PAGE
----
Will Russians Adopt Russian Children?


It will be interesting to see if the Russian government comes up with a plan to replace the foreign adopters, but there likely won’t be one since a good number of children adopted by Americans were special needs kids.  These kids simply are not adopted or taken in by foster families because the Russian government doesn’t provide the financial support families would need to care for these kids.  Special needs kids will likely spend their lives bouncing from one orphanage to another.

 

The foster care system has improved a lot since its beginning in Russia.  As was pointed out, many foster families initially took in kids to get the financial incentives offered by the government, then they quickly returned the kids to the orphanages.  While that still occurs, it is less common than it once was.  The main reason kids are returned now is the fact that these families are ill-prepared to take care of a kid with the emotional issues that nearly every kid living in an orphanage has.  Most were abused by their parents, then they were shipped off to an orphanage.  Few foster parents have the experience and training to deal with the fallout from such things.  So, they feel overwhelmed, and they eventually send the kid back to the orphanage.  Americans who adopt these kids tend to have the financial resources to get additional help and services when problems occur.  Most foster families simply don’t have the financial resources or access to any support network.

 

But, there are some amazing foster parents out there.  I work with several during my summer program, and it truly is amazing how they’ve created real families for these kids.  The two I work with most often adopted 4 boys and the other adopted 6 boys and girls.  The kids call the foster parents grandma and grandpa since they are older, having raised their own biological kids.  All of the kids are thriving, but the parents do struggle financially because the kids’ needs exceed the limited amount the government provides, and the foster parents have limited incomes themselves.  In Russia, students are required to pay for all of their textbooks and other school supplies each year.  You can imagine the financial impact on foster parents who take in several kids.  Clothing is another issue.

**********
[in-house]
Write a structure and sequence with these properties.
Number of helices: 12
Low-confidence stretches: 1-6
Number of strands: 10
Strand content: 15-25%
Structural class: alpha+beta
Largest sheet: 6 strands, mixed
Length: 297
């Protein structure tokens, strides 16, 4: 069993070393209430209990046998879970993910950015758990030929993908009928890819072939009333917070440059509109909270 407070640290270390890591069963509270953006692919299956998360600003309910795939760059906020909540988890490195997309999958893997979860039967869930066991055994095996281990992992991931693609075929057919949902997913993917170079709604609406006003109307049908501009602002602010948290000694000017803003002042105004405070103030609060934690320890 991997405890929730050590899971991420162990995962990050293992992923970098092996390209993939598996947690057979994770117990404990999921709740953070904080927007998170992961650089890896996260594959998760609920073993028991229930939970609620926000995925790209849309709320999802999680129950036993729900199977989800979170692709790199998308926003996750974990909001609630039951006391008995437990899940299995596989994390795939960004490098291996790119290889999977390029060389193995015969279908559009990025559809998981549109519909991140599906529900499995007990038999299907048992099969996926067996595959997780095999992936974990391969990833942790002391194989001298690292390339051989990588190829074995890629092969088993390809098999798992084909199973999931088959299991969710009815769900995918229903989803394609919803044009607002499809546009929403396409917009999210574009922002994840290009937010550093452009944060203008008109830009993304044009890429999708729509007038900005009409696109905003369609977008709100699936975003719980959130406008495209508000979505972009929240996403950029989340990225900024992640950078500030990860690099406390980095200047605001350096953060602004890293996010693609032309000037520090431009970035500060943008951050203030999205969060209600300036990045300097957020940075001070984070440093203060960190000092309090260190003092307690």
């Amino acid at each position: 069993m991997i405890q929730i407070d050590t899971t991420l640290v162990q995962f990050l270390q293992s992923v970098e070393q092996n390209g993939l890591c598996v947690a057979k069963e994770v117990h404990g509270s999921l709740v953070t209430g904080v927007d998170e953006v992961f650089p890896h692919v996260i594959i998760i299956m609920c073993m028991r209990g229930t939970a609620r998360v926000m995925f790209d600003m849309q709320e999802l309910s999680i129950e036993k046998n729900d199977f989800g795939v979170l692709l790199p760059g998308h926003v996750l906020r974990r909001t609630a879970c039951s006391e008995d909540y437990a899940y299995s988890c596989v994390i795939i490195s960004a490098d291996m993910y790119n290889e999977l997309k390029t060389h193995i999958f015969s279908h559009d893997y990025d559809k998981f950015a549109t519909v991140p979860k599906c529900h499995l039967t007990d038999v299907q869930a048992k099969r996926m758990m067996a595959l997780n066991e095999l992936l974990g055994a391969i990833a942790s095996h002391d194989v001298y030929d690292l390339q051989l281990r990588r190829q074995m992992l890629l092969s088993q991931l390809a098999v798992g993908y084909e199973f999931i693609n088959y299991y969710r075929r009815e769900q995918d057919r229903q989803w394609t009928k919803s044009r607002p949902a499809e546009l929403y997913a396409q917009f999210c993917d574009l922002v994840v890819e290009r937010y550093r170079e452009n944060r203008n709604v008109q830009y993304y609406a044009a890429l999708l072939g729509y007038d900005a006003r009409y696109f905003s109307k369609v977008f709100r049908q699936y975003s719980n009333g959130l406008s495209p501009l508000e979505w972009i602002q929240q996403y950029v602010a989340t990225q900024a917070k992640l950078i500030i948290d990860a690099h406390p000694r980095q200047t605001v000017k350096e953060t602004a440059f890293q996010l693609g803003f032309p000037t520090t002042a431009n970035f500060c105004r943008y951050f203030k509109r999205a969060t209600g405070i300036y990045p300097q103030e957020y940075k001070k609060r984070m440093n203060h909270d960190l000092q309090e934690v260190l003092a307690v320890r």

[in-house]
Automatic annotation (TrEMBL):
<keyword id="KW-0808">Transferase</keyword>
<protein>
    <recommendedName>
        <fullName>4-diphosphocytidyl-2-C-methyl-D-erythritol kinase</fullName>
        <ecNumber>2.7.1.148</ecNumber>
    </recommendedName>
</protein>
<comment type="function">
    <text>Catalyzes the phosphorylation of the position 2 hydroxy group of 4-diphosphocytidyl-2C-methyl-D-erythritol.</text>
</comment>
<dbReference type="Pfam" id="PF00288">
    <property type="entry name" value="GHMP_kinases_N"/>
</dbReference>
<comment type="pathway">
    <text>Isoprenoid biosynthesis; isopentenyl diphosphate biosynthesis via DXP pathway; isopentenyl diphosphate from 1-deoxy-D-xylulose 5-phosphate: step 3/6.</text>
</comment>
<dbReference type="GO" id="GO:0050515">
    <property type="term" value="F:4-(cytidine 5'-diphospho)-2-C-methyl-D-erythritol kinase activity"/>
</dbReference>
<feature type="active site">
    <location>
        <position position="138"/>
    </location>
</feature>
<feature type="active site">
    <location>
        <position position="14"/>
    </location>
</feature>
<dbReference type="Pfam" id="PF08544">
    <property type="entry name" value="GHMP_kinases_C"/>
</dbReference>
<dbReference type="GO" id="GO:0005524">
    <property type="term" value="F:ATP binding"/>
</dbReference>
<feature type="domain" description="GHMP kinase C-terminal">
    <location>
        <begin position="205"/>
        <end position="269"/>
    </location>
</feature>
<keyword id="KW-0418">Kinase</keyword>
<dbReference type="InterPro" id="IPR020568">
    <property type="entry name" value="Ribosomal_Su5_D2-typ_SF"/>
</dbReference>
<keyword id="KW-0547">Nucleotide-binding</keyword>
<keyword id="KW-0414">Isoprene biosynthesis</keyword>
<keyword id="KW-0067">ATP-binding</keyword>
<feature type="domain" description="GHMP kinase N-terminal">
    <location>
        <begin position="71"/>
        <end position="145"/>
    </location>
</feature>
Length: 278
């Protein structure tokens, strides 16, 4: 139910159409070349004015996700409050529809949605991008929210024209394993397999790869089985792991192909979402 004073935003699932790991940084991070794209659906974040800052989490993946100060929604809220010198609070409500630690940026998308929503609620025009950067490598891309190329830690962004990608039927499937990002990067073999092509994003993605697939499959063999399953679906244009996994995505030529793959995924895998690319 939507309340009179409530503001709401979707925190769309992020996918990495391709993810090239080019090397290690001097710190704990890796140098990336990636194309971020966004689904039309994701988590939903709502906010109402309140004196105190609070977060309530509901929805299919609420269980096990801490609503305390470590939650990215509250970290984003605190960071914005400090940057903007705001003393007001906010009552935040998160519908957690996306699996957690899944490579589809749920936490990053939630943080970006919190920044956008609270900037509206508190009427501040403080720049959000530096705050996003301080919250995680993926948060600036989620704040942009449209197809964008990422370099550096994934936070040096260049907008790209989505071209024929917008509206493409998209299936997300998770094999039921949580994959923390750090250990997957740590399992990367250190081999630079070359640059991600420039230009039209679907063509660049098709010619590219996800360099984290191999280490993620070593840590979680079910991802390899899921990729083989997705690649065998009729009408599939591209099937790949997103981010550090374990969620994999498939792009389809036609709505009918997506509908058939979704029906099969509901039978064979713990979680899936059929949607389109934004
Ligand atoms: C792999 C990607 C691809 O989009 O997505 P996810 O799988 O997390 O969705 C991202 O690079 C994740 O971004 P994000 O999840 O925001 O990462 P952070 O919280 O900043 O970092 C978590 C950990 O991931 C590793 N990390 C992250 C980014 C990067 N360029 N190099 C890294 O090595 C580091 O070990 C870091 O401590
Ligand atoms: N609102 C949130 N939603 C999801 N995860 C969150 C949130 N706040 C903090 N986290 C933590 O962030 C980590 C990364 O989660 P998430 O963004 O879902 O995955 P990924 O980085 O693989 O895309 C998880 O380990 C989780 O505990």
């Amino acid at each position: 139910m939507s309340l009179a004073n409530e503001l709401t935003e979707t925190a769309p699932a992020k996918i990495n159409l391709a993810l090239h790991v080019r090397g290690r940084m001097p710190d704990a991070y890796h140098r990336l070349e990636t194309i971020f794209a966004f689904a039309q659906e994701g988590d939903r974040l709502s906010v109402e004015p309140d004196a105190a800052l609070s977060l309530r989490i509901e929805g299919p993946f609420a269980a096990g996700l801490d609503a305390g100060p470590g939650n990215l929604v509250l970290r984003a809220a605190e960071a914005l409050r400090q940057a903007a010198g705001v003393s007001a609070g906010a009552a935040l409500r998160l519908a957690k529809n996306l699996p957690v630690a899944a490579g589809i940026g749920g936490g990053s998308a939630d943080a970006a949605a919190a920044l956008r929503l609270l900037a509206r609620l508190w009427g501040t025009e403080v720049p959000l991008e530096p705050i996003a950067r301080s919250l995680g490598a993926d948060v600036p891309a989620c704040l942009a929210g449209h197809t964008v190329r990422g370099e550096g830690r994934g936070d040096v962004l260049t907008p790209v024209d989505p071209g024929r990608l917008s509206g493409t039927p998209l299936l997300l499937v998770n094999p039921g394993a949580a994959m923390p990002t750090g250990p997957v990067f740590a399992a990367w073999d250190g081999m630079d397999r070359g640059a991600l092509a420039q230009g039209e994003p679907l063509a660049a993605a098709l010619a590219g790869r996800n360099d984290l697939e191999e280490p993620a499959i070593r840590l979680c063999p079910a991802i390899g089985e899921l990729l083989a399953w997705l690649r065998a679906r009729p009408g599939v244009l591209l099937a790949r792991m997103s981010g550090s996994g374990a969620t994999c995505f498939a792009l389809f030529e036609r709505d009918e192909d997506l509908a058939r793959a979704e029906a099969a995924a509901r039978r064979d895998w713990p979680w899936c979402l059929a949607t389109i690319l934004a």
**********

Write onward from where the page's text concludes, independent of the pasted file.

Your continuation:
I’ve directed more of our programs to focus on the foster families rather than just the orphanages over the past couple years because kids in foster families really do have a much better chance for a normal life, but those families do need more support than the government provides and they can provide themselves.  Hopefully other small charities will see the benefits of working with foster families rather than just focusing on capital projects at orphanages that would actually be financed in many cases by the Russian government (which has directed a substantial sum to improving the housing at orphanages, though many other needs still are underfunded).  A little additional assistance goes a very long way with foster families, and the results are immediate and tangible.  While small charities can only do so much, they can have a pretty dramatic impact on a couple families that have made the choice to take in kids and give them a real chance at a normal life.

 

My hope is that parents who have adopted from Russia don’t give up on the kids left behind despite the decisions made by the Russian government.  Many of us working to help these kids have seen donations reduced by folks who want to send a message to President Putin.  Unfortunately, it will only be the kids that receive that message.  Putin has no interest in what foreigners think of his policies.  The kids, the orphanage directors, the orphanage staffs, and the foster families really do appreciate everything that charities and individuals do for them, even more so when their government makes these decisions.  Hopefully things will change soon in regard to foreign adoptions, but until then, those kids still need our thoughts, our prayers, and our support.

 

Jody Payne

Director, Kostroma Kids Program

Ascent Russian Orphan Aid Foundation

www.helprussianorphans.com

Info sent by: Deborah Mumm, Everything For Adoption

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